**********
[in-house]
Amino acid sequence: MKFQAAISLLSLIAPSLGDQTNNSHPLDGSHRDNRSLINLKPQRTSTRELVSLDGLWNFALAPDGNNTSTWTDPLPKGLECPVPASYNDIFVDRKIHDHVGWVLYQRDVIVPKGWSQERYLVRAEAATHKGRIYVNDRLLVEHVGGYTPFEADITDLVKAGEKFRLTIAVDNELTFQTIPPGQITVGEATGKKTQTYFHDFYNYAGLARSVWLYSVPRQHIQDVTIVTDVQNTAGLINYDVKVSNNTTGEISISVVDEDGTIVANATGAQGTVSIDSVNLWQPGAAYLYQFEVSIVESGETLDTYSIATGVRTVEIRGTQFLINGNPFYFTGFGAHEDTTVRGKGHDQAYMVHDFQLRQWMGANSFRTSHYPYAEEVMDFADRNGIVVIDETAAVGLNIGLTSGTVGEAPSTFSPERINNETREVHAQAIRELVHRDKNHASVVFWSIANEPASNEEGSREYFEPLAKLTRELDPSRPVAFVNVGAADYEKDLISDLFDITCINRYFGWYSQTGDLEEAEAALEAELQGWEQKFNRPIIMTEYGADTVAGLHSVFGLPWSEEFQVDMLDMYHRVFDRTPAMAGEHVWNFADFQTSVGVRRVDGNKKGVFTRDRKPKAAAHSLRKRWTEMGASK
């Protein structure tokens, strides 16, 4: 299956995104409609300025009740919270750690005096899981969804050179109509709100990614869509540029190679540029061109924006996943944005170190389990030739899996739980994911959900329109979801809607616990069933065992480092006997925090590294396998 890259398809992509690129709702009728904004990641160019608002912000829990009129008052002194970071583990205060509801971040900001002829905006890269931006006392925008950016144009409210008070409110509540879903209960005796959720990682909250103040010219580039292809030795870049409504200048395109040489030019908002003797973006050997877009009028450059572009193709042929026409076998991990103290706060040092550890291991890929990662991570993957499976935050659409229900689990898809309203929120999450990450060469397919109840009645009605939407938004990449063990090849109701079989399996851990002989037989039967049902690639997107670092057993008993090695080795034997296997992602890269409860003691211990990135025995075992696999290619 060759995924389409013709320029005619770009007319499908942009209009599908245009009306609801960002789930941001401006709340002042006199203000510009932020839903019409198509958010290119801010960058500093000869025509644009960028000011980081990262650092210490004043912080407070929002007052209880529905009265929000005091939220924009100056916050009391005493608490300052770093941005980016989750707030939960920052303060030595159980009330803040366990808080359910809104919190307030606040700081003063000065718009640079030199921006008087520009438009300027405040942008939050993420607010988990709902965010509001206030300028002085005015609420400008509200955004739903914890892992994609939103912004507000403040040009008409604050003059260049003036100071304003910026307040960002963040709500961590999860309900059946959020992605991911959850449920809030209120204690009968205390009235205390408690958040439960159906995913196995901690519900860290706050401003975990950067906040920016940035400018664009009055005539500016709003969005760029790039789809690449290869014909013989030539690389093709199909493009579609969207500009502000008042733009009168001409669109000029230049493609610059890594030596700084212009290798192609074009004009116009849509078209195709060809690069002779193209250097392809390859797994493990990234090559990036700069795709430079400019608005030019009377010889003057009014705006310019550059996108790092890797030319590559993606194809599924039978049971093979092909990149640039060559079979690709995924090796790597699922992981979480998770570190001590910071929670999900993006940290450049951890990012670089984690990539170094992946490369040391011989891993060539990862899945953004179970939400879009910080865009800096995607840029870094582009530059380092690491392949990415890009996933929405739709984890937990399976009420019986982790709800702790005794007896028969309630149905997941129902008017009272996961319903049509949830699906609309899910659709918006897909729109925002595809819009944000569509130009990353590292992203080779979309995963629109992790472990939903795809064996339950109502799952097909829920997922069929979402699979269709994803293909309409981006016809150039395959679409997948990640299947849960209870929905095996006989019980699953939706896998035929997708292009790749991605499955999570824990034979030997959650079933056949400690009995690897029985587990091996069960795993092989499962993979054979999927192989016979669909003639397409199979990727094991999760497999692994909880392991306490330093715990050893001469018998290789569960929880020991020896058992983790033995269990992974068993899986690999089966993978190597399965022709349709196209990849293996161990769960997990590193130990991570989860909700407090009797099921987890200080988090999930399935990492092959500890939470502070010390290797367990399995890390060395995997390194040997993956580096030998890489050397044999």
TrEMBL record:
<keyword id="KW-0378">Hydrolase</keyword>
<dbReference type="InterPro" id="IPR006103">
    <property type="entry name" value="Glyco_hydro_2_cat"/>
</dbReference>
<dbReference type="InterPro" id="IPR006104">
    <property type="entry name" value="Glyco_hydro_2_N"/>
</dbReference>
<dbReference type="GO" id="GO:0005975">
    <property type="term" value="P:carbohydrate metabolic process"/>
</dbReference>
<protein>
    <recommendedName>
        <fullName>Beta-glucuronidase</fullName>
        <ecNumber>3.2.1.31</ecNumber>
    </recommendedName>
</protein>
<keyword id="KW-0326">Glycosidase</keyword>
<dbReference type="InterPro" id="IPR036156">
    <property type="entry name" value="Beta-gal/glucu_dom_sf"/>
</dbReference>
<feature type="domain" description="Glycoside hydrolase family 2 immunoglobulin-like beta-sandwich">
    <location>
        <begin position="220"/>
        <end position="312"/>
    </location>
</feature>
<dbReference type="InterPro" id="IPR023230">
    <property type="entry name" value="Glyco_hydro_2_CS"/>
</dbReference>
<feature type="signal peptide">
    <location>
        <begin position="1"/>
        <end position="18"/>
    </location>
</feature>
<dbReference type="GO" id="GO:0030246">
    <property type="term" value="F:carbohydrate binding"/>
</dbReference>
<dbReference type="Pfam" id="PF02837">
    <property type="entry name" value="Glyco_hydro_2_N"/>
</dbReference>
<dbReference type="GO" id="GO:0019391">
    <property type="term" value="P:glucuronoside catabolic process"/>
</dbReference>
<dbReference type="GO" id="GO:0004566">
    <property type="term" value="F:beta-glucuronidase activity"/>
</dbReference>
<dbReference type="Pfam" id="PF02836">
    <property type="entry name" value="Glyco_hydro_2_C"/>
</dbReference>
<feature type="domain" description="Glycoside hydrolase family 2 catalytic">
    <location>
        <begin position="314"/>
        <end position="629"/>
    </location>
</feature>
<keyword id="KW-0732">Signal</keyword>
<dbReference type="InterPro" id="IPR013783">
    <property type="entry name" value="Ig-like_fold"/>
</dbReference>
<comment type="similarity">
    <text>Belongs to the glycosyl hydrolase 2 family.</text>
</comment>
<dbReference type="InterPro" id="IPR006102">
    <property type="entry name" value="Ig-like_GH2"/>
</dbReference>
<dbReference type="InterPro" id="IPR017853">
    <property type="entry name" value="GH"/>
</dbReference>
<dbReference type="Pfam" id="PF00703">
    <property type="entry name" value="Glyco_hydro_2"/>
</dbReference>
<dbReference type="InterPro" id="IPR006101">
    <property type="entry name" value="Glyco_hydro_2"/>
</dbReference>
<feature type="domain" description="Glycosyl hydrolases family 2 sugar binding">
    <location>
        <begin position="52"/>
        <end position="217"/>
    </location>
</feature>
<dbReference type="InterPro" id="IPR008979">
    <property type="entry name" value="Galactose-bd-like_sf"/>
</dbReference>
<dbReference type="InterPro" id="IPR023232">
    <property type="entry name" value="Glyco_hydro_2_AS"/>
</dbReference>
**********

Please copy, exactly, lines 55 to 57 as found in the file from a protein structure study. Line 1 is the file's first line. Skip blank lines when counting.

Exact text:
<feature type="domain" description="Glycoside hydrolase family 2 catalytic">
    <location>
        <begin position="314"/>